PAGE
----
E3D v4 & v5 & v6 liquid cooling mod

by jkoljo, published

E3D v4 & v5 & v6 liquid cooling mod by jkoljo Feb 12, 2014


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I have been using E3D hot ends (dual) for a while. E3D hot ends are top notch, but they use fans, which sometimes cause warping or delamination especially when printing ABS. Converting to liquid cooling addresses the problem and also makes the hot end a bit shorter.

The 2.5 mm wide cut feature in the top part can be removed if your extruder design allows it. My release of the i3ext works fine with the cut feature removed.


The design is only for the top part of E3D hot end. Heat break, heat block and nozzle are original, buy them from e3d-online.com website.

Then buy a water cooling sleeve from eBay for example. It is intended for R/C use, and for 20 mm motors.

Assemble using the instructions from E3D website.

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Dec 30, 2015 - Modified Dec 30, 2015

I am wondering however, how does the o-ring / gasket on the hot side hold out when printing at (very) high temperatures (as it has direct contact)? Did you try at say 500°C? Is the surrounding water enough to keep the o-ring cool enough?

Viton o-rings are rated until 400°C, but from experience I know they work at a much broader temperature range.

The temperature of the cooling unit stays near water temperature, it is not a problem at all

Great! I realize now that the o-ring is indeed after the heatbreak...

Could you share your FEM simulations? I am thinking about changing the design of the heatbreak (decrease it's thermal resistance) and increasing the heater power to have better dynamical performance. Eg. allow rapid cooling down of the nozzle to prevent oozing in a multi-nozzle setup.

Yes that is correct, the o-ring is at the cold side. Sorry but I do not have the simulations any more. They were done with SolidWorks 2014 simulation add-on. Your idea sounds very interesting, good luck and please share the results!

Personally I have been printing with a e3d v6 since day one ! now with countless of roles passed from everything from polycarbonate to pla and everything in between I, see no reason for this design ! why tinker with something that works fantastical with out issues, besides adding liquid cooling to already busy printers just adds to one more thing that could go wrong when we don't need it at all just by buying a e3d v6 stock .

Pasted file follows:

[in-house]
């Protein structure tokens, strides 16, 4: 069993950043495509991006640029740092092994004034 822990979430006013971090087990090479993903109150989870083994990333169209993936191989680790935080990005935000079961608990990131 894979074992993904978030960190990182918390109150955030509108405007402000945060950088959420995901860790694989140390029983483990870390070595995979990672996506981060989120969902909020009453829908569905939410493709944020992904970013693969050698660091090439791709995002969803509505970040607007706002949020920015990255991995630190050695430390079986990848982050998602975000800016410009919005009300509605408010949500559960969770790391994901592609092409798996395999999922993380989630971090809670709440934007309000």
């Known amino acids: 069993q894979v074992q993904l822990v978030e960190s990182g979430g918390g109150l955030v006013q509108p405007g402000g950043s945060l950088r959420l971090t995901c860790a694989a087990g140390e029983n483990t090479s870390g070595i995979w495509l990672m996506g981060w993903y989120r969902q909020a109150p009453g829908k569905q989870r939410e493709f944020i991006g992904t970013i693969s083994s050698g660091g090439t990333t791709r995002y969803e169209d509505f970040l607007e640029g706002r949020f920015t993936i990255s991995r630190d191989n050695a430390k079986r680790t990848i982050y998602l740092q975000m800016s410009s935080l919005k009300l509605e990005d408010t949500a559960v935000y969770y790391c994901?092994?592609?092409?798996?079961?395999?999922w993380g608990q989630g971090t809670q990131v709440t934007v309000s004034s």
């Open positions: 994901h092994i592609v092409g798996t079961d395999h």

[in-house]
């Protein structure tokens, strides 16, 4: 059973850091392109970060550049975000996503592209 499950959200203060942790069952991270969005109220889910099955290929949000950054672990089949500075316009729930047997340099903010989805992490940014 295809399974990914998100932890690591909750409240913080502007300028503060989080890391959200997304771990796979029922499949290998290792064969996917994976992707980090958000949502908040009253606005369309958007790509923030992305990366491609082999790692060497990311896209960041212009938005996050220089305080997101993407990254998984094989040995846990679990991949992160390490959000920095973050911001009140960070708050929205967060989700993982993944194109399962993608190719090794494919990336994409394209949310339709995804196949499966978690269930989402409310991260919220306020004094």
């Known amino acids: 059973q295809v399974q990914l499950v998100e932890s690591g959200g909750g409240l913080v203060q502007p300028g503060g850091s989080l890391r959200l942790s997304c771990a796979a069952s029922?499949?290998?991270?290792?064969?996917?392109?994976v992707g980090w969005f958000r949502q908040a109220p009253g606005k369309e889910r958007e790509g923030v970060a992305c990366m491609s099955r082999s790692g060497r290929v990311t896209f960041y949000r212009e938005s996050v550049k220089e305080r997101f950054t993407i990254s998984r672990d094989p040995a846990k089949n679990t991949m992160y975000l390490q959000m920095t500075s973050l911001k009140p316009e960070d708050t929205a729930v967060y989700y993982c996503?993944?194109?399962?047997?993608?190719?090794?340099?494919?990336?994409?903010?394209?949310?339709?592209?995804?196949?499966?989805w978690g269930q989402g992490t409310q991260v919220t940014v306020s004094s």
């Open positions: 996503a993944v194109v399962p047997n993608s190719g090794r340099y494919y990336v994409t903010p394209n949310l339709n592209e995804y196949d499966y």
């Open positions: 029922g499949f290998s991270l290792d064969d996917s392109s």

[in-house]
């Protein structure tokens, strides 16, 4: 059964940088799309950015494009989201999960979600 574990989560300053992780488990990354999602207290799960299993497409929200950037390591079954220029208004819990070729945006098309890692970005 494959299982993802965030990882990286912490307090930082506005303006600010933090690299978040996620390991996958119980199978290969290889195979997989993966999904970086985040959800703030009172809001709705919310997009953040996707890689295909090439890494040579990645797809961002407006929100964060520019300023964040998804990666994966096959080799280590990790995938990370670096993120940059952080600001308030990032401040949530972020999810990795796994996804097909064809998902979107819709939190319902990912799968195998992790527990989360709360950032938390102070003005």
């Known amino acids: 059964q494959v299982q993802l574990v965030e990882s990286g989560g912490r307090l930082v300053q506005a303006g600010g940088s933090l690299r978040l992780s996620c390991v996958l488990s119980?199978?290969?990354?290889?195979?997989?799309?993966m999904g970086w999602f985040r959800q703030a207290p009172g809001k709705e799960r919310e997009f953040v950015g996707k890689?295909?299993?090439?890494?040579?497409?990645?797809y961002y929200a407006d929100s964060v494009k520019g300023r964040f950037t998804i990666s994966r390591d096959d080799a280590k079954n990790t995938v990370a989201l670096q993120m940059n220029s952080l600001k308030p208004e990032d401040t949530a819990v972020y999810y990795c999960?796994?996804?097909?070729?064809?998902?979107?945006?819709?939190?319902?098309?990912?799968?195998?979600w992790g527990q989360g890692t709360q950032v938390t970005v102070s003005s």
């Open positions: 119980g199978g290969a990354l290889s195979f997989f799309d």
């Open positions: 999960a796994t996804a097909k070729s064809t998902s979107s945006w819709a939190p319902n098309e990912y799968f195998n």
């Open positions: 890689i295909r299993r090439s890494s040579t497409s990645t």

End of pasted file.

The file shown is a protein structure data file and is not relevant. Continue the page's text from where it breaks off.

Primary reason why this is interesting would be to use it inside a heated chamber.

That's it. This is the main reason I am looking at this design - to be used in heated chamber for ABS printing.

Omg the lack of intellect on some of these comments.... Jesus why would u buy a printer if you don't understand thermodynamics or at least something about engineering or perhaps modeling skill.... I feel like they need to have a license just to own one. Education required.... Seriously some of you are making them look really bad with shitty prints and questions like that when we get perfect, flawless prints from knowing how to use the machine and the underlying thermodynamic concepts behind it, as well as modeling techniques for the process. This isn't a toy guys, its for a well studied artist or engineer. If you have to ask questions like that, its not for you. But you know, its your money..... Also, the E3D is a hotend, this is not an E3d, this is the cooler for it. Yes E3ds are reliable, they are regarded as THE extruder to buy, but beware licensing issues, as if you plan to sell them FOR an E3D, its going to be a lawsuit. I would have cleared with them before labeling it as such. Sorry to be a downer but the community is being flooded with "me too" jokers who put a burden on us as a whole. We aren't your school, get off ur butt and go learn or at least youtube before asking such arbitrary questions.... UUghhh pulling hair out

How is the reliability of the hot end with PLA when water cooled? Better, Worse, Same?


I have never gotten a jam with this hotend, so it is very reliable. But keep in mind that E3D is pretty reliable out of the box, too.

Excuse me, but I don't understand how to convert the 'top part of E3D hot end' (the heatsink, I think) in the piece of photos.
Can you explain this better?

You should not convert the existing heatsink, but make a new one with a lathe.

Ok. Now it's clear. Thanks.

Are you planning to sell this piece?
I'm interested in a 3mm filament version.

In theory, yes. But I respect Sanjay's choice of licences, which prohibit modification and commercial use. I am not 100% sure whether the licence still applies as I very much redesigned the heatsink completely..

The license still applies. However it might be worth contacting him and asking him if he agrees with you selling the new turned heatsink. There is a good chance he will accept in my opinion.
PS: thumbs up for respecting licenses and other people work. Rare thing nowadays :)

Cool. Does it even need to be that long with liquid cooling?

Thanks :) According to my simulations, it could be even smaller. However, I could not find a suitable water cooling sleeve, and I did not want to make one myself. 20 mm was the smallest I found. If you have something to recommend, I will modify the design.

Gotcha I missed that it was a pre-made sleeve. Where did you find the sleeve at?

Check the instructions, I bought it from eBay. Just search for 20 mm motor jacket, for example.

Could explain your simulation? I want to learn how to simulate too.

I used SolidWorks to make this design. It has simulation tools, called SolidWorks Simulation. You can find quite a lot of interesting YouTube videos about it :)